34. Tar Heel Reader• www.tarheelreader.org• Lots of simple books on a wide variety of topics suitable for older students (and students of all ages)
  35. Digital Storybooks on iPad
  36. Created Bookshelf in iBooks
  37. Writing
  38. Writing• Students who write become better readers, writers and thinkers• Writing without standards• Learn in classroom writing communities: – Write for real reasons – See others do so – Interact with peers and teachers about written content, use and form
  39. “Pencils”• Without a pencil writing doesn’t improve• Without writing, reading development will be limited• If a student doesn’t have a pencil, you need to find one
  40. Writing With Alternative Pencils CD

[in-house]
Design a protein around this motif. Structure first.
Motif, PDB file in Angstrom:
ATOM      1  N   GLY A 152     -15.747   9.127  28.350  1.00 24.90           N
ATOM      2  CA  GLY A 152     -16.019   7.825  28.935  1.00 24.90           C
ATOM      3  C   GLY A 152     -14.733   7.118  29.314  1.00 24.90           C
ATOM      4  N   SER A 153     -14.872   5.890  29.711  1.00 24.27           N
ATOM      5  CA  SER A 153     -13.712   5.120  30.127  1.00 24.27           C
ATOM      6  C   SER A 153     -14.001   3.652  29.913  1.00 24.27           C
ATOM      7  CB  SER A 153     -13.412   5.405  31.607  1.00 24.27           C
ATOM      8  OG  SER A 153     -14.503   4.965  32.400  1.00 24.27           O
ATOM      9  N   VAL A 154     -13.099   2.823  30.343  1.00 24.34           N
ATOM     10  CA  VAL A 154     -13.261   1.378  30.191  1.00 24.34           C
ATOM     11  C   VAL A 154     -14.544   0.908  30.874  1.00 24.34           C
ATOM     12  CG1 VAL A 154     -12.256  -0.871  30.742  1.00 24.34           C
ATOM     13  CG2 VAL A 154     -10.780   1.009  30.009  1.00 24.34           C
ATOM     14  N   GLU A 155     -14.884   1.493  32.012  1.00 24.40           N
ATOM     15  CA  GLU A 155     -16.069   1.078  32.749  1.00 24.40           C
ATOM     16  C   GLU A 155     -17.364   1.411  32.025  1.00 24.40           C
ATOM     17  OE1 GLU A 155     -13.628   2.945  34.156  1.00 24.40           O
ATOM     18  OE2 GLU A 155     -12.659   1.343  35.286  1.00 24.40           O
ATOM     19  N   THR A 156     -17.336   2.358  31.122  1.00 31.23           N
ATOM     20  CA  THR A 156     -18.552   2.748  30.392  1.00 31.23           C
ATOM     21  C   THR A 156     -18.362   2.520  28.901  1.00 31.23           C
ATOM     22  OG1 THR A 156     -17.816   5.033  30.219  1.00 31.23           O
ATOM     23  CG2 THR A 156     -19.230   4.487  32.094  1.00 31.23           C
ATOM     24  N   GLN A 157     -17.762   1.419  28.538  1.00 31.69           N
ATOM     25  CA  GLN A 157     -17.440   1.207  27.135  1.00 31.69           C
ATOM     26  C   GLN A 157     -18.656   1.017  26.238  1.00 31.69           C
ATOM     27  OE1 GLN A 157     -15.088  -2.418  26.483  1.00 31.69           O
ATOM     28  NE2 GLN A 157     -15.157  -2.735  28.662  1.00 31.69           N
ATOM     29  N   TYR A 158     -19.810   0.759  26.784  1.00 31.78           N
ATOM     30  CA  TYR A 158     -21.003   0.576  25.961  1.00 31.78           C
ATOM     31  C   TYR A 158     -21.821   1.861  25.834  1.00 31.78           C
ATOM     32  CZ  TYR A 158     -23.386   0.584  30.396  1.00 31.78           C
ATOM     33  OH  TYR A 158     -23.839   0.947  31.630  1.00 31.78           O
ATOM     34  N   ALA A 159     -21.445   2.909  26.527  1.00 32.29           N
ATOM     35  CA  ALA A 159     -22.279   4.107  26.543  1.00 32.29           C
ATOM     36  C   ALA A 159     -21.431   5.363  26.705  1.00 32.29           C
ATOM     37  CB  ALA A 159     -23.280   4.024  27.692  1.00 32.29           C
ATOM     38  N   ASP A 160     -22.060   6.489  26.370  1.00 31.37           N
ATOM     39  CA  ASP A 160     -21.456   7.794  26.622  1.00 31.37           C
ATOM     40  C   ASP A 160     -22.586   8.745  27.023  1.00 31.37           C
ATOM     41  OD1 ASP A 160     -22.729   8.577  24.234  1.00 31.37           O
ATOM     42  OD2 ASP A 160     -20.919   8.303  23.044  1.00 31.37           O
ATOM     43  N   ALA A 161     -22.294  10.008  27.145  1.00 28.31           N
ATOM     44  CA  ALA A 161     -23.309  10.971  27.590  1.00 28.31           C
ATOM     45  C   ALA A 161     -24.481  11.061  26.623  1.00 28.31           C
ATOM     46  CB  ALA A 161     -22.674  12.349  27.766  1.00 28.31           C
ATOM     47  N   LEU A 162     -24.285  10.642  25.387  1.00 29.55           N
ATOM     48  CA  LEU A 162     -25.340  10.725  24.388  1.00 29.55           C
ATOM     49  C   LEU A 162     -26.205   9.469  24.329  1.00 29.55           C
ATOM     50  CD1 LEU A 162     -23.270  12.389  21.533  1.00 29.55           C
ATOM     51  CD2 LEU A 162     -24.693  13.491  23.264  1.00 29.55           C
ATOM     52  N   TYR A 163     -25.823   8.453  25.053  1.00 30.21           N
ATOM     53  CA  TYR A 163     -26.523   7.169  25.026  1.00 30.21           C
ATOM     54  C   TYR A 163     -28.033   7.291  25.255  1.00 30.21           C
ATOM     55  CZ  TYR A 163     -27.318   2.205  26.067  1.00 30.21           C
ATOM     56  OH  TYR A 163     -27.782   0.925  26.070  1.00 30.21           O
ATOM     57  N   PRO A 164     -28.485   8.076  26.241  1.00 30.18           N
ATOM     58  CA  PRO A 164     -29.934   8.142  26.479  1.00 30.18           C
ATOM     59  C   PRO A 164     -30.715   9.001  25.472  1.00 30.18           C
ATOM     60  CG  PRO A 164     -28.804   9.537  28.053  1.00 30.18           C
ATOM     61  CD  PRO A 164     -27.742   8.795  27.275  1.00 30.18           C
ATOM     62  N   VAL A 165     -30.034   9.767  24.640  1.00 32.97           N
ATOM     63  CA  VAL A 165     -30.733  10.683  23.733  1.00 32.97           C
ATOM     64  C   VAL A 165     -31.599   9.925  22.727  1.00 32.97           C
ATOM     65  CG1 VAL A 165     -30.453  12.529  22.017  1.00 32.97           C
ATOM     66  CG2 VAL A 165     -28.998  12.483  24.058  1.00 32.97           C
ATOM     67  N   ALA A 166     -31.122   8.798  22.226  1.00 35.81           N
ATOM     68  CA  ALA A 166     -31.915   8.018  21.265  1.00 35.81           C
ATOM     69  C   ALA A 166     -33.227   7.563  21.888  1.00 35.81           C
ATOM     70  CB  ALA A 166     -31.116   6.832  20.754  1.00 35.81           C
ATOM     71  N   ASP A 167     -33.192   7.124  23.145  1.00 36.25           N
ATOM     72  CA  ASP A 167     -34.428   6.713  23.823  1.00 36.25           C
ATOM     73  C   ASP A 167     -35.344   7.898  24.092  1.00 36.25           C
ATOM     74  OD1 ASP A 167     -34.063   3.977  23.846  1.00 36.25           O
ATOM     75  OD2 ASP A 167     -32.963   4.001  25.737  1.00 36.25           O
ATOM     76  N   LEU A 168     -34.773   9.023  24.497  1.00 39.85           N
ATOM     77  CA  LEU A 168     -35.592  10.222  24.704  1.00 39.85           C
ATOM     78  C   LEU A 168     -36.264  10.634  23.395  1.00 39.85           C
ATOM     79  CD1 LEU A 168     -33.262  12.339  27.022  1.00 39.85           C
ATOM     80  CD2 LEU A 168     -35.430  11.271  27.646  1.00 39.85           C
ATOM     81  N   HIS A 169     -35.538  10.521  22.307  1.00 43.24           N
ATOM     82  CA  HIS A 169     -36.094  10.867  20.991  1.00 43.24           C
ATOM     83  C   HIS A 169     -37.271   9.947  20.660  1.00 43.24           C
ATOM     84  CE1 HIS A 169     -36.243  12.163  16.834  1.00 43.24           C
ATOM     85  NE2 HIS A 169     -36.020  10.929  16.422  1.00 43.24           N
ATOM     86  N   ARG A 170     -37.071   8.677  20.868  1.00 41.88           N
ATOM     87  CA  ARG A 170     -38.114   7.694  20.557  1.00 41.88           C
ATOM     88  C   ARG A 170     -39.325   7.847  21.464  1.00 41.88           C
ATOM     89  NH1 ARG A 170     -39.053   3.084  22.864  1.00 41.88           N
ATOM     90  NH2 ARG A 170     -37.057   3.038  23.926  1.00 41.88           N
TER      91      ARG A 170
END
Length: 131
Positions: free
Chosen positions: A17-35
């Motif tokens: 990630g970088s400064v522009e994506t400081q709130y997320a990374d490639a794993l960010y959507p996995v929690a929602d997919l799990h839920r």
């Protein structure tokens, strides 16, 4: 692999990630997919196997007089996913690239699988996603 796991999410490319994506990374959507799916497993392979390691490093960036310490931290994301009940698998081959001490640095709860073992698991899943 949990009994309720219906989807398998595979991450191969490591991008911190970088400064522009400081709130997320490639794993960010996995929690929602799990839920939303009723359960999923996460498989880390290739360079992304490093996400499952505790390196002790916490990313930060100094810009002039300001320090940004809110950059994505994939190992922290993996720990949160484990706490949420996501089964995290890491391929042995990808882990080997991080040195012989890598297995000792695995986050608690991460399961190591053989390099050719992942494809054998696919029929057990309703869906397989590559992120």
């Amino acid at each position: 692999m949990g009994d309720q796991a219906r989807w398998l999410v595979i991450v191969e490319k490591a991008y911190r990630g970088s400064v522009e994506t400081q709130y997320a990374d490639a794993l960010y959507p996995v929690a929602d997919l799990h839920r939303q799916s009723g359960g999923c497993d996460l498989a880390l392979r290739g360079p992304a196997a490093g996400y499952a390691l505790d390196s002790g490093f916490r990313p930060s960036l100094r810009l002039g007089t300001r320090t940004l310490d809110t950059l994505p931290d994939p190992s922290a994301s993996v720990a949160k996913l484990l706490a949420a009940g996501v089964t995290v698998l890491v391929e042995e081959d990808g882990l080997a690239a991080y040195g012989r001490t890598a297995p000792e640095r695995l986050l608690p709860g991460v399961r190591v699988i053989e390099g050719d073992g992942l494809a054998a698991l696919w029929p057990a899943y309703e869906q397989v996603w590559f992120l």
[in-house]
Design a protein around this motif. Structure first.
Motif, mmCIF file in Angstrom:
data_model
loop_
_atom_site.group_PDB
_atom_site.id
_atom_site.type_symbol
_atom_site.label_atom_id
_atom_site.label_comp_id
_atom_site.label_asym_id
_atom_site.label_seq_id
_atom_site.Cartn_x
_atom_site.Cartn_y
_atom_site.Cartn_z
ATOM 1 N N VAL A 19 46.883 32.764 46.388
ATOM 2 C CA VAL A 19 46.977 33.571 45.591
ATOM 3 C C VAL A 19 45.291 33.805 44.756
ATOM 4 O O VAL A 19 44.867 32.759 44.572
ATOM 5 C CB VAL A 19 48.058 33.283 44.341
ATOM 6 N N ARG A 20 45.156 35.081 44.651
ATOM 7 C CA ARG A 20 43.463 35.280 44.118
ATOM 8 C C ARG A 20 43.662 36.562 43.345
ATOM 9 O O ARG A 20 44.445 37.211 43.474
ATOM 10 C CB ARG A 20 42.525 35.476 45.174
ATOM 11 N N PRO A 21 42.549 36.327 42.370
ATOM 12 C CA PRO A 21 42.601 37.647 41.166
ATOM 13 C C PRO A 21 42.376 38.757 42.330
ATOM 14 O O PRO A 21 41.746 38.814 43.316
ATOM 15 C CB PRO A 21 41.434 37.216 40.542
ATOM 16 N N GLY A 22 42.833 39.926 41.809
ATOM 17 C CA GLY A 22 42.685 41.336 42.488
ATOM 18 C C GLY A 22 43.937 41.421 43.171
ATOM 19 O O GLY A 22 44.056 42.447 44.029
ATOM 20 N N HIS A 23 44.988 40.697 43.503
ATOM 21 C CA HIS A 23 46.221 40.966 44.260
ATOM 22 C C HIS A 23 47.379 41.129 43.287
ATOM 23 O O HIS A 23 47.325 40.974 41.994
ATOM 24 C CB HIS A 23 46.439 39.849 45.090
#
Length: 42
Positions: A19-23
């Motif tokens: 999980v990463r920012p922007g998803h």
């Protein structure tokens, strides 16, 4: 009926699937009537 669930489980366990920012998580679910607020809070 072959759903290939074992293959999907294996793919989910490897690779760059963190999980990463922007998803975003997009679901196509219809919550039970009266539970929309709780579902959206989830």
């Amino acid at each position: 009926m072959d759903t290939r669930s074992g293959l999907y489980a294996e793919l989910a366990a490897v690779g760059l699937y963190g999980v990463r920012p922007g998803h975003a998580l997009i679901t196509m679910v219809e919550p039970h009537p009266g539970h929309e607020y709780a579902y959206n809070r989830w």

41. Writing and Emergent Literacy• The function of literacy is as important as the form• Students need to understand why writing is important
  42. Kade and Georgia
  43. Developmental Spelling Stages• Print has meaning (emergent writing) – scribble, numbers, letter-like strings, letters• Visual Cue – read/spell in environmental context, tuned to distinctive visual features• Phonetic Cue – sound it out, “glue to print” (initial sound, initial +final, intial, medial + final)• Transitional – rule based e.g. Putting past tense on every verb• Conventional
  44. Print Has Meaning Stage
  45. Visual Cue Stage
  46. Phonetic Cue Stage
  47. ConventionalThree rabbits went to Canberra
  48. Personal ConnectionThe power of starting from the things children love the most!
  49. Working with Words
  50. Working with Words• Help students to become strategic in reading words• Words instruction should be – Words based – Experience based – Age-appropriate• Should result in students who read and write: – More – More successfully and independently – With greater enjoyment